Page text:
Thursday, October 29, 2009

Hi, I'm a foot!

The graffiti artist captures how we all feel in his drawing on the tunnel leading the Camino under the highway and into Samos. To wit, after 400-odd miles this month already, what better sums up our operative existence than a foot with a head, and nothing else. But note, it’s a smiling, happy foot.
Today I walked four miles longer than necessary to avoid the highway route and instead take the “alternative” Camino that leads to the Samos Monastery and then on to Sarria. The 5th Century Benedictine monastery burned in 1965, but has been rebuilt and still has its cloistered monks. Unfortunately, it was closed at 11:30 this morning, although the sign on the stout, locked oaken door said it was open from 10:30 to 12:30. But the monastery is more attractive from the outside, where the old walls still exist for the most part, than in the reconstructed interior (visited previously) which is notable chiefly for some of the worst murals ever painted.
The real point of the roundabout route, however, was to walk on the remote, ancient paths along the rio Ouribio, much diminished at this time of year but still contributing its share of burbling small rapids and waterfalls. The paths themselves are worn several feet deep into the ground, and bordered by either old chestnut trees or stone walls that look centuries old. It was an altogether humbling walk, thinking of the centuries of pilgrims and farmers and just plain walkers (and probably more than a brigand or two) who have gone the same way before.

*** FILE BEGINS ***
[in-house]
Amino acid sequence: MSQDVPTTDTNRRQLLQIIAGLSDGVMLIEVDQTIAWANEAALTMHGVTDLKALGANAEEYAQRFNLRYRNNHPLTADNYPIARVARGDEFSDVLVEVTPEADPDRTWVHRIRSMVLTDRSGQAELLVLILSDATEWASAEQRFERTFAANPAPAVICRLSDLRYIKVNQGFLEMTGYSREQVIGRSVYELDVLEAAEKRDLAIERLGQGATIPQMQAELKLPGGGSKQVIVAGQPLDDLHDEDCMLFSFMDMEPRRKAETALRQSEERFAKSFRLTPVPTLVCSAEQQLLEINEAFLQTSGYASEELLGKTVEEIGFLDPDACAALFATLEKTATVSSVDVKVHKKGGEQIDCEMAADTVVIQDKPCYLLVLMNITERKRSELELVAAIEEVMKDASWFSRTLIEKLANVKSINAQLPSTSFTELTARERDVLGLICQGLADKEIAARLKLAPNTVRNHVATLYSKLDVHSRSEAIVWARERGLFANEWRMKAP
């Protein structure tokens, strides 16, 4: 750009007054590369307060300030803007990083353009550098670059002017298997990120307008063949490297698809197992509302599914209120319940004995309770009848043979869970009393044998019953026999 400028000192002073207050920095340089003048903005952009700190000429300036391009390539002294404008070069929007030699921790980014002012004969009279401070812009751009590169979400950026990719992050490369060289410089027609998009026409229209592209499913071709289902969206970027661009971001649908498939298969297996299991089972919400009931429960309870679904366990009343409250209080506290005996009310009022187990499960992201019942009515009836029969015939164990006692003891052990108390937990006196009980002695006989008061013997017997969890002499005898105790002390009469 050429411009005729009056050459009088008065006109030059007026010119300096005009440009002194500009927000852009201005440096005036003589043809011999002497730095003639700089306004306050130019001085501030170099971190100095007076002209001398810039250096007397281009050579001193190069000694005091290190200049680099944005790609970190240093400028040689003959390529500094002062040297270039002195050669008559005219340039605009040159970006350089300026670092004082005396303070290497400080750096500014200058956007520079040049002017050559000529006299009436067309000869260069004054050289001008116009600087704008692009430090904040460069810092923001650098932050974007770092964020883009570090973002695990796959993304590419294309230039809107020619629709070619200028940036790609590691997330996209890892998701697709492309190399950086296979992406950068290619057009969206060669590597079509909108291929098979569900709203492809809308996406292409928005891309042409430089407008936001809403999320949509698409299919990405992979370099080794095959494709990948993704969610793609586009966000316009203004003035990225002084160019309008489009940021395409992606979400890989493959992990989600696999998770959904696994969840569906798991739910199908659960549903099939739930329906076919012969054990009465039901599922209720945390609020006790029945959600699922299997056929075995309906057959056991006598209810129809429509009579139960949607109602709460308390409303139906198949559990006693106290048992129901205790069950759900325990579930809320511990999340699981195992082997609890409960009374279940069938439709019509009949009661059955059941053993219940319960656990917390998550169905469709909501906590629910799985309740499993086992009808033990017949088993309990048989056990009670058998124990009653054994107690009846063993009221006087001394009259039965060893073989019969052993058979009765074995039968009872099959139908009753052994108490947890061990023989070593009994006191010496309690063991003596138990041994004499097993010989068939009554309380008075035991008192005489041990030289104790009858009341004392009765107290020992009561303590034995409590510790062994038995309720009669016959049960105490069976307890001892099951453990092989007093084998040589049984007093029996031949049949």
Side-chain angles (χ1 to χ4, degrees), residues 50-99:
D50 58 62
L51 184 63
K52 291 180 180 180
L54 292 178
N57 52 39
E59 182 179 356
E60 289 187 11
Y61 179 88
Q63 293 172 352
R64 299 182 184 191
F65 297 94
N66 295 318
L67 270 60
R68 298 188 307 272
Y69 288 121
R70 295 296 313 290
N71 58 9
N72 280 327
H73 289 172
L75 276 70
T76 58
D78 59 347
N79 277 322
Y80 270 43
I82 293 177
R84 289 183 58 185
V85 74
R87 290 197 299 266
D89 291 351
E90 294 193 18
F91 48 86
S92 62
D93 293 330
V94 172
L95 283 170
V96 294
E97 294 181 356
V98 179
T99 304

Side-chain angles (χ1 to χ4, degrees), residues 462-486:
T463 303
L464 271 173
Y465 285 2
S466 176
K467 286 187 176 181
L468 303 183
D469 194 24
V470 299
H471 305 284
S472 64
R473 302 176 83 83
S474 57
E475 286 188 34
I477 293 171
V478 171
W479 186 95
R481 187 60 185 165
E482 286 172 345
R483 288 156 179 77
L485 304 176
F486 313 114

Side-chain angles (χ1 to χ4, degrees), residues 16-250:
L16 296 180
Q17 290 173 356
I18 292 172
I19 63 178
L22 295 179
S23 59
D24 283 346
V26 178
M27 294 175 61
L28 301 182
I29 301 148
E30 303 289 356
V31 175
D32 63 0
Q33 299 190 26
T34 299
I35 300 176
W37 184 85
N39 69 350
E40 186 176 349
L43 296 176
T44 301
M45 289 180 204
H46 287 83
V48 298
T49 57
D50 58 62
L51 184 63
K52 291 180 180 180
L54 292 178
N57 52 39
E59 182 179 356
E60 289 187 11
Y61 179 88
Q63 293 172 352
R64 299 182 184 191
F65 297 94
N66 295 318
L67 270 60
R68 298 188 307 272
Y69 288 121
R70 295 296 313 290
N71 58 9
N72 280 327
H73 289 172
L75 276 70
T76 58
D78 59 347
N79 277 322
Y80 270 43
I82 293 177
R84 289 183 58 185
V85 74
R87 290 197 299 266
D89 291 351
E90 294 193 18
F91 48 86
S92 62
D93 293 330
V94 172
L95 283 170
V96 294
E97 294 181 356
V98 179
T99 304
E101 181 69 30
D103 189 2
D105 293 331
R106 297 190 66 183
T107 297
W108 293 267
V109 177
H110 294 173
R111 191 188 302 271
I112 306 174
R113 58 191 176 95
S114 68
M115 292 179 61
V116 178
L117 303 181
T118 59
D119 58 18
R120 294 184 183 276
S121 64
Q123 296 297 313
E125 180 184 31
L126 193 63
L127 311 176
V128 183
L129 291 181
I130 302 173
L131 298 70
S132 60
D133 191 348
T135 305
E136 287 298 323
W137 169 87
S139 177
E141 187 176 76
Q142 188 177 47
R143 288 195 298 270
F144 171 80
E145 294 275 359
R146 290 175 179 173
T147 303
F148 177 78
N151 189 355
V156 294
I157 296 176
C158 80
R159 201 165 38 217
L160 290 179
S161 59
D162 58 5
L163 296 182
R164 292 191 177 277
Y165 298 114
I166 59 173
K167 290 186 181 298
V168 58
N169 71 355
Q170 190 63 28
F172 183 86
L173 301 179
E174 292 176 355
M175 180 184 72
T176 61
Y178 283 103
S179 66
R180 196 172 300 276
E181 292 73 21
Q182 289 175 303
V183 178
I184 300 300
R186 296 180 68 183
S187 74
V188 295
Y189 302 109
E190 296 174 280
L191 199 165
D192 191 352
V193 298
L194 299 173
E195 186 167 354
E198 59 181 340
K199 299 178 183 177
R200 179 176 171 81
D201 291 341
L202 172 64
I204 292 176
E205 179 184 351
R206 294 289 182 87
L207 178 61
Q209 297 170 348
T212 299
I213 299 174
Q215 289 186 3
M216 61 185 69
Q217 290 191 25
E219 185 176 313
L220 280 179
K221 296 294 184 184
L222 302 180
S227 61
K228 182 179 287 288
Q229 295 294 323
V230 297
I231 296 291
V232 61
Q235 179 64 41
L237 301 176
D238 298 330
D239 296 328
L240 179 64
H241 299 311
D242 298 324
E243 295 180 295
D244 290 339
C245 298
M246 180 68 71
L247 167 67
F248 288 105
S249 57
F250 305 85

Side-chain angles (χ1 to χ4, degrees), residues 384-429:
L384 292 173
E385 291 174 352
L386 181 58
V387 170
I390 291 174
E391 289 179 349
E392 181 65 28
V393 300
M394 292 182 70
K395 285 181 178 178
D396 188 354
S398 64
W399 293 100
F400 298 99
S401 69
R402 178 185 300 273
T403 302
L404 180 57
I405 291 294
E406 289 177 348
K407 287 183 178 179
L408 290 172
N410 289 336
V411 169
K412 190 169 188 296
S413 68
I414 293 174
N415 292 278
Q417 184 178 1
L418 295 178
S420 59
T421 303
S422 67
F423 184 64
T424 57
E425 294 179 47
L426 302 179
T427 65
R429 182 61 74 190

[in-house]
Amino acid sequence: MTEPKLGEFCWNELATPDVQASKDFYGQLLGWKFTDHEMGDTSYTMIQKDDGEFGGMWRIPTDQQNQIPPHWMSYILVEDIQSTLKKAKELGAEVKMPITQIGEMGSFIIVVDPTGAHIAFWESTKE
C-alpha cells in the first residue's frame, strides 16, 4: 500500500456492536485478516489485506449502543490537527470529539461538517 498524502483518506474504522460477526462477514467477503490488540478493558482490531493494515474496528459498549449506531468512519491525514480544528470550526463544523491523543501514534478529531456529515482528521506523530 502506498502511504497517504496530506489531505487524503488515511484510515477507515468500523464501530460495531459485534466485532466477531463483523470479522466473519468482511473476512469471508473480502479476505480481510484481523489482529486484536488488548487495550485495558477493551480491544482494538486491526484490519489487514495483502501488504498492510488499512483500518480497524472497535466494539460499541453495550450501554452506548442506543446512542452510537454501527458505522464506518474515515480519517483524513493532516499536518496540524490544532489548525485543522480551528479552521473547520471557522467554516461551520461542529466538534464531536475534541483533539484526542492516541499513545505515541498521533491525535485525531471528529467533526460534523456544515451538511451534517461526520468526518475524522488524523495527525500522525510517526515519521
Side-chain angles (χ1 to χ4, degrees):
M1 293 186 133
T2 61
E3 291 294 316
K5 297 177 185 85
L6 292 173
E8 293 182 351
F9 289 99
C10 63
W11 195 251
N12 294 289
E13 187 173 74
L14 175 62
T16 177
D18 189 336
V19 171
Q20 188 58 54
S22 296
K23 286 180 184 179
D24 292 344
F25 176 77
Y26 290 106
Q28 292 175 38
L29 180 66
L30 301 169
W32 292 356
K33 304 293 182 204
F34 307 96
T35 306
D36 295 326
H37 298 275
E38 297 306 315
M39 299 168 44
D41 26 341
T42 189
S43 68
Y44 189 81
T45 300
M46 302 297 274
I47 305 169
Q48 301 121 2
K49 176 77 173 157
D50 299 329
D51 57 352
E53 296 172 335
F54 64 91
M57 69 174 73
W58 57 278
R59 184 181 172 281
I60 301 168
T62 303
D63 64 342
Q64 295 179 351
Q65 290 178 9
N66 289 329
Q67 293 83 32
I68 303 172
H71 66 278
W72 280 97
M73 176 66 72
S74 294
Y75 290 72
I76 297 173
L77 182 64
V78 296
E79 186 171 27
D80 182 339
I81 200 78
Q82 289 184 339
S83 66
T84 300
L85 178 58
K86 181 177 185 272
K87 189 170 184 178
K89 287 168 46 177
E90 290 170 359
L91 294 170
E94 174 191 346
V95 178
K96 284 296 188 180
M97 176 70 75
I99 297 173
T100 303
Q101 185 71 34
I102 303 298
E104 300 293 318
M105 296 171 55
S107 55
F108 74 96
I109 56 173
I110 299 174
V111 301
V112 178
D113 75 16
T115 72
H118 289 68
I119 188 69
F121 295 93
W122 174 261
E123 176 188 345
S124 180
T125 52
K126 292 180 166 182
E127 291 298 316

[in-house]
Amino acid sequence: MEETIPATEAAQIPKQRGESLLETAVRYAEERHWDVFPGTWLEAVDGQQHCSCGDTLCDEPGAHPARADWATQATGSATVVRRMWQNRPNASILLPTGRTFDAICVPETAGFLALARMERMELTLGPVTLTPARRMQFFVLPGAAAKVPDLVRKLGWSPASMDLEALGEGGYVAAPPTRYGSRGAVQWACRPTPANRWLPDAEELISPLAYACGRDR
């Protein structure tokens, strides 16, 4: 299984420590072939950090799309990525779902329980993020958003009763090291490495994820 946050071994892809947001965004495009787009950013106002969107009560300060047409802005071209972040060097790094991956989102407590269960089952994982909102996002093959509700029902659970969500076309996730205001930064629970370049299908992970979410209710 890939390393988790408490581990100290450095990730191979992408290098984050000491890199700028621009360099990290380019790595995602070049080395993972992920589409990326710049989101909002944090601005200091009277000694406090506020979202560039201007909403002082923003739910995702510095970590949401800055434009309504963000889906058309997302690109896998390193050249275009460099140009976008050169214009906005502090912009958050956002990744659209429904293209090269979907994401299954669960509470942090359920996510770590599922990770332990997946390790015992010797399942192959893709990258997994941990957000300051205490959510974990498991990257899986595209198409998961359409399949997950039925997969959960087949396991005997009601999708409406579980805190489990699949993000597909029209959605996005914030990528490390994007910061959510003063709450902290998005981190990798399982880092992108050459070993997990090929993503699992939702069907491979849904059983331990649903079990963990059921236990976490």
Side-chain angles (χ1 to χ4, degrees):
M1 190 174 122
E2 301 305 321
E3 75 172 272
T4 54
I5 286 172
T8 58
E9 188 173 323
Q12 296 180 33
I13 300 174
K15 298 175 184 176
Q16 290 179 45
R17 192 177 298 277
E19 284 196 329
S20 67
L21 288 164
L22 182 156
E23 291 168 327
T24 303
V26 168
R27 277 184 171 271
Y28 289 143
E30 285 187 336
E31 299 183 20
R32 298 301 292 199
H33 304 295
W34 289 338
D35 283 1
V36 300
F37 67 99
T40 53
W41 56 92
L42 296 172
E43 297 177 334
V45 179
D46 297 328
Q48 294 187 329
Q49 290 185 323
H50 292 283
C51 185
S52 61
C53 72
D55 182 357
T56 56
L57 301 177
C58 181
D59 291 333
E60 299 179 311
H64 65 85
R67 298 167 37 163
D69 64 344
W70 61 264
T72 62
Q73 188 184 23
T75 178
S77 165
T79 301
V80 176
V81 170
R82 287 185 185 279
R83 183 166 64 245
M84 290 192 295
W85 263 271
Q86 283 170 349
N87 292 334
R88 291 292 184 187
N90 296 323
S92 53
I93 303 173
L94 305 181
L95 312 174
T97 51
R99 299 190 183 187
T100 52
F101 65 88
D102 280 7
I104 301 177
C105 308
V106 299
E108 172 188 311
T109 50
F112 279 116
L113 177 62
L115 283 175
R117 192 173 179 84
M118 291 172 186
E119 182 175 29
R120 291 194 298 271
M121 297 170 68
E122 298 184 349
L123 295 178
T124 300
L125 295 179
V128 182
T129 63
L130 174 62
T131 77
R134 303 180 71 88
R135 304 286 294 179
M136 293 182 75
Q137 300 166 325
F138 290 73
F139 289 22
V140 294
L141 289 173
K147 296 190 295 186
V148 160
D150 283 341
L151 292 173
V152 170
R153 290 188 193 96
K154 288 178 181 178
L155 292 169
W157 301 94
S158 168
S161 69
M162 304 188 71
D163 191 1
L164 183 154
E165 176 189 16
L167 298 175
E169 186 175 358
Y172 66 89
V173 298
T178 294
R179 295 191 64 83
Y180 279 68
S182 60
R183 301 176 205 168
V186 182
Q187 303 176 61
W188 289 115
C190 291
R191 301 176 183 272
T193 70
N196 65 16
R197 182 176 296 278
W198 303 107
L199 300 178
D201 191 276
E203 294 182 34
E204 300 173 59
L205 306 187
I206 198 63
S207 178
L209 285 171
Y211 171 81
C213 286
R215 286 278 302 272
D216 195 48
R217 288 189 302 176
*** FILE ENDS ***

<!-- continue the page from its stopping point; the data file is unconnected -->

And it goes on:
There is, of course, the predictable unproductive debate as to which route is the “real” (that is, the medieval) Camino. Usually I’m willing to side with the highway route, as the most efficient way to get from Point A to Point B for pilgrims as well as today’s travelers. But I have trouble with the notion that medieval pilgrims skipped a huge, safe-haven monastery just to follow the most uninteresting straight line path. So on this one, I’m siding with my route.
Sarria is an uninspiring mid-sized city where I’m spending the night in a noxious chain business hotel (room smells like an ashtray, air-conditioning turned off by management although it’s almost 80, and they charge for using “their” internet). It marks the official beginning of the 100-kilometer count-down to Santiago de Compestela. That’s the minimum distance necessary for a pilgrim to earn a partial forgiveness of sins (except in years when St. James’ birthday falls on Sunday, such as 2010, when the slate is wiped clean). For those of us who have walked all the way from the French border, 100-kilometers seems like an absurdly short “pilgrimage.”